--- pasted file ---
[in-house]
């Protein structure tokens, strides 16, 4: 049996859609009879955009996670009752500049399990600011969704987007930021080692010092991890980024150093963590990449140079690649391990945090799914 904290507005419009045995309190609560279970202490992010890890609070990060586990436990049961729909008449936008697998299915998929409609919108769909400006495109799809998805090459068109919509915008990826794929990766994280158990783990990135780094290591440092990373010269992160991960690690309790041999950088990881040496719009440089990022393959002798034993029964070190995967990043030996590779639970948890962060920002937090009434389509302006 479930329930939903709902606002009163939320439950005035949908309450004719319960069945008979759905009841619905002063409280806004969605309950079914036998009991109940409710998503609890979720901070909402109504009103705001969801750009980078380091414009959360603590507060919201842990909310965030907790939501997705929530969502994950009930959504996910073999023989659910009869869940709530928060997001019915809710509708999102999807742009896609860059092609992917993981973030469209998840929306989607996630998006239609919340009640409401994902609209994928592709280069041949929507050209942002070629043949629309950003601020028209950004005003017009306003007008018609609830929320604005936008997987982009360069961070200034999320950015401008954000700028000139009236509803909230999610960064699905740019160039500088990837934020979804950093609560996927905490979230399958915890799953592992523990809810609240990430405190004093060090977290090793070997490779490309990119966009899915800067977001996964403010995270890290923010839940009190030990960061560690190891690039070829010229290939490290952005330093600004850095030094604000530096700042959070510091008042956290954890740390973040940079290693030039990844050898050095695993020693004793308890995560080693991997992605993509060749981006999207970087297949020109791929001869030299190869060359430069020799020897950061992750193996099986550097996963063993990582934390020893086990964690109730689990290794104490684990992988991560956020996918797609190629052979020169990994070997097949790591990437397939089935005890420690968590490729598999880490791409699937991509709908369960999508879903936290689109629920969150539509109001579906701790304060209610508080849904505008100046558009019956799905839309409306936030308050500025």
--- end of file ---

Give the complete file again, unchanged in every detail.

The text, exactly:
[in-house]
């Protein structure tokens, strides 16, 4: 049996859609009879955009996670009752500049399990600011969704987007930021080692010092991890980024150093963590990449140079690649391990945090799914 904290507005419009045995309190609560279970202490992010890890609070990060586990436990049961729909008449936008697998299915998929409609919108769909400006495109799809998805090459068109919509915008990826794929990766994280158990783990990135780094290591440092990373010269992160991960690690309790041999950088990881040496719009440089990022393959002798034993029964070190995967990043030996590779639970948890962060920002937090009434389509302006 479930329930939903709902606002009163939320439950005035949908309450004719319960069945008979759905009841619905002063409280806004969605309950079914036998009991109940409710998503609890979720901070909402109504009103705001969801750009980078380091414009959360603590507060919201842990909310965030907790939501997705929530969502994950009930959504996910073999023989659910009869869940709530928060997001019915809710509708999102999807742009896609860059092609992917993981973030469209998840929306989607996630998006239609919340009640409401994902609209994928592709280069041949929507050209942002070629043949629309950003601020028209950004005003017009306003007008018609609830929320604005936008997987982009360069961070200034999320950015401008954000700028000139009236509803909230999610960064699905740019160039500088990837934020979804950093609560996927905490979230399958915890799953592992523990809810609240990430405190004093060090977290090793070997490779490309990119966009899915800067977001996964403010995270890290923010839940009190030990960061560690190891690039070829010229290939490290952005330093600004850095030094604000530096700042959070510091008042956290954890740390973040940079290693030039990844050898050095695993020693004793308890995560080693991997992605993509060749981006999207970087297949020109791929001869030299190869060359430069020799020897950061992750193996099986550097996963063993990582934390020893086990964690109730689990290794104490684990992988991560956020996918797609190629052979020169990994070997097949790591990437397939089935005890420690968590490729598999880490791409699937991509709908369960999508879903936290689109629920969150539509109001579906701790304060209610508080849904505008100046558009019956799905839309409306936030308050500025």